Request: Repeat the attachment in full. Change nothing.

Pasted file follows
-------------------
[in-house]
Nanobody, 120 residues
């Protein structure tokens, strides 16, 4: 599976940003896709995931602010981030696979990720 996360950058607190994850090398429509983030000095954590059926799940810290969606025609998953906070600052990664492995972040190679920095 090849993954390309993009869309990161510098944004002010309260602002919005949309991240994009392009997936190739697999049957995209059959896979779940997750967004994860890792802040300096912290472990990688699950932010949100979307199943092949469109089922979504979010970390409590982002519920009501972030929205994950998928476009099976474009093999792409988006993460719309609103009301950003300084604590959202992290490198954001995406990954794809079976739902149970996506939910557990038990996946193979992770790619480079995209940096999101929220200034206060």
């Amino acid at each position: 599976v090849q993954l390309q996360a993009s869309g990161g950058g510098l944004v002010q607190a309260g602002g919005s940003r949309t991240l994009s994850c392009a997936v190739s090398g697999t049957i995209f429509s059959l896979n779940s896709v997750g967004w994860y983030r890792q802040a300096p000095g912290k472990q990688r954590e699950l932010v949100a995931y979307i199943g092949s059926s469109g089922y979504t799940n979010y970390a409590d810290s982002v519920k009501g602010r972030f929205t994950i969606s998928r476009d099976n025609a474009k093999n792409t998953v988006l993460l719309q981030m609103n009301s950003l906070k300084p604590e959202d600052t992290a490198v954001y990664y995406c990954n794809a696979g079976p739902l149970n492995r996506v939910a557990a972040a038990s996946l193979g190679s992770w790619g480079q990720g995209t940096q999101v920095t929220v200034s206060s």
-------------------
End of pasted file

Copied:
[in-house]
Nanobody, 120 residues
């Protein structure tokens, strides 16, 4: 599976940003896709995931602010981030696979990720 996360950058607190994850090398429509983030000095954590059926799940810290969606025609998953906070600052990664492995972040190679920095 090849993954390309993009869309990161510098944004002010309260602002919005949309991240994009392009997936190739697999049957995209059959896979779940997750967004994860890792802040300096912290472990990688699950932010949100979307199943092949469109089922979504979010970390409590982002519920009501972030929205994950998928476009099976474009093999792409988006993460719309609103009301950003300084604590959202992290490198954001995406990954794809079976739902149970996506939910557990038990996946193979992770790619480079995209940096999101929220200034206060």
């Amino acid at each position: 599976v090849q993954l390309q996360a993009s869309g990161g950058g510098l944004v002010q607190a309260g602002g919005s940003r949309t991240l994009s994850c392009a997936v190739s090398g697999t049957i995209f429509s059959l896979n779940s896709v997750g967004w994860y983030r890792q802040a300096p000095g912290k472990q990688r954590e699950l932010v949100a995931y979307i199943g092949s059926s469109g089922y979504t799940n979010y970390a409590d810290s982002v519920k009501g602010r972030f929205t994950i969606s998928r476009d099976n025609a474009k093999n792409t998953v988006l993460l719309q981030m609103n009301s950003l906070k300084p604590e959202d600052t992290a490198v954001y990664y995406c990954n794809a696979g079976p739902l149970n492995r996506v939910a557990a972040a038990s996946l193979g190679s992770w790619g480079q990720g995209t940096q999101v920095t929220v200034s206060s």